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Senate Bill 82 ensures long success for Alaska's foster children
JUNEAU- Today the Alaska Legislature passed the Alaska Foster Family Protection Act, Senate Bill 82. The bill sponsored by Senator Bettye Davis, D-Anchorage, aims to ensure long term success for Alaska’s roughly 1,700 foster youth.
“As a former social worker, I know how important it is to give these children a shot at a normal life,” said Senator Davis. “This legislation will help keep them together with their brothers and sisters throughout the process and ensure that the state never gives up looking for a permanent home for them.”
Senator Davis and Representative Les Gara worked together over the past two years to craft the bill and push it through the Legislature. Representatives Gara, Thomas, Herron and Gardner were prime sponsors of the companion House Bill, House Bill 33.
“Foster youth deserve the same chances in life as children from strong families. Separating them from their siblings, giving up on finding them a permanent home, and making it hard for rural youth to stay in their home communities causes lasting damage. That’s something we wanted to change and the State agrees with us on,” said Gara, who grew up in foster care. “Senator Davis has been a champion for Alaska’s children, and I applaud her work, and the work of youth advocate Amanda Metivier.” Metivier is coordinator for the peer support and advocacy group, Facing Foster Care in Alaska, and worked on the legislation closely with Senator Davis, Representative Gara and the state’s Office of Children’s Services (OCS).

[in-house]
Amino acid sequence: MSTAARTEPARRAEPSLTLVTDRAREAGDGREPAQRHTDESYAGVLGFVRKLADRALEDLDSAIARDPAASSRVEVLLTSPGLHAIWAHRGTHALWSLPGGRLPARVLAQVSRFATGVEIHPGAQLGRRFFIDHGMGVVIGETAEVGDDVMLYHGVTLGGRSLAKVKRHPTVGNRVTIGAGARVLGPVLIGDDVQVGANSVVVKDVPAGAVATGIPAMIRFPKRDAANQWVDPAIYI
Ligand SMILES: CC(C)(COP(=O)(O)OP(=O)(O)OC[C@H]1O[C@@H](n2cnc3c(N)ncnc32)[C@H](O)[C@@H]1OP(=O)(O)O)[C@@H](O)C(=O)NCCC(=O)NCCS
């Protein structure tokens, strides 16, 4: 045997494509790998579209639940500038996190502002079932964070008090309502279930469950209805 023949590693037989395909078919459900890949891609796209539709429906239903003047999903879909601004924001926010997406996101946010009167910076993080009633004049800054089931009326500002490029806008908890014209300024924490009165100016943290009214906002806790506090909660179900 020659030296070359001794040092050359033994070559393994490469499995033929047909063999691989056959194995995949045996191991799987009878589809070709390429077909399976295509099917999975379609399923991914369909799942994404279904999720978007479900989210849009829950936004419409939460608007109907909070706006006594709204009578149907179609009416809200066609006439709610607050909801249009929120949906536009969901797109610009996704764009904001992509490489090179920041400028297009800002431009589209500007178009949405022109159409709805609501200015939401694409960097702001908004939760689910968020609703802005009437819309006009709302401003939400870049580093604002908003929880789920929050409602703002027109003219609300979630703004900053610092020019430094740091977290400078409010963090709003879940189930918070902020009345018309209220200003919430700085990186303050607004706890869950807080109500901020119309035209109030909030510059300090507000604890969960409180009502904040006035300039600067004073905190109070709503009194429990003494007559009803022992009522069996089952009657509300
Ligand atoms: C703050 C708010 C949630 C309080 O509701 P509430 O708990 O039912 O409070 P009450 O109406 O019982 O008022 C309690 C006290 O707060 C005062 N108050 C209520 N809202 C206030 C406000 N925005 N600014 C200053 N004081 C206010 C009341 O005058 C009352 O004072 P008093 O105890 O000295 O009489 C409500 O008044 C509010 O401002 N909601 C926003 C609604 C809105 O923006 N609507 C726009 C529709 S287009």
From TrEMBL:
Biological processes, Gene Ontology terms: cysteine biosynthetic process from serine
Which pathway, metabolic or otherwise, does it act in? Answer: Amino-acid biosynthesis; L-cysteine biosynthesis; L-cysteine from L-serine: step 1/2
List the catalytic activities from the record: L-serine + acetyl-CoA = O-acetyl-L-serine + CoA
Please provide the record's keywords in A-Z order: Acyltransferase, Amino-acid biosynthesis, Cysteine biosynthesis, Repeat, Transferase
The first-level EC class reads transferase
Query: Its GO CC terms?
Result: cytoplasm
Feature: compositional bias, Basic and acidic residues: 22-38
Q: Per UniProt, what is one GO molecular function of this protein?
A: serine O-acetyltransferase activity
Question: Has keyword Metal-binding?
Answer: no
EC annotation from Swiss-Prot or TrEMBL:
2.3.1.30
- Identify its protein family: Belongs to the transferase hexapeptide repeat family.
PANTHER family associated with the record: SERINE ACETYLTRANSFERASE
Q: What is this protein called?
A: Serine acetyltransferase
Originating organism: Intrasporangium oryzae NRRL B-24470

The legislation improves the lives of foster youth in many ways. It creates a presumption that siblings should not be separated when placed in foster care unless there is a strong reason. Breaking up siblings in foster care placements is damaging to youth who have already been separated from their families. The bill also requires OCS to continue to look for stable homes for foster youth as they get older, when fewer families are willing to take them in – something that’s been a problem, but that OCS has been working to correct in recent years.
It protects rural youth by waiving unrealistic, technical housing code requirements that cannot be met in certain parts of the state – so rural youth can stay in their home towns and villages as long as the homes are safe. The bill also streamlines the foster parent application process, and makes it easier for foster youth who leave foster care, and find that it was a mistake, to re-enter so they can have a caring family and avoid homelessness or other dangers associated when a young child lives without a responsible, caring adult.
“I enjoyed working with Senator Davis and Representative Gara on this bill, which continues the foster care reform efforts we have all worked on together the past four years. We’ll keep working until foster youth have the opportunities to thrive and succeed that everyone else has,” said Metivier.
Senate Bill 82 now heads to Governor Sean Parnell for his signature.
For more information, please contact Senator Davis’ Office at (907) 465-3822 or Representative Gara’s Office at (907) 465-2647.
Source:Office of Senator Davis
Written by: Office of Senator Bettye Davis on Apr 16, 2012.
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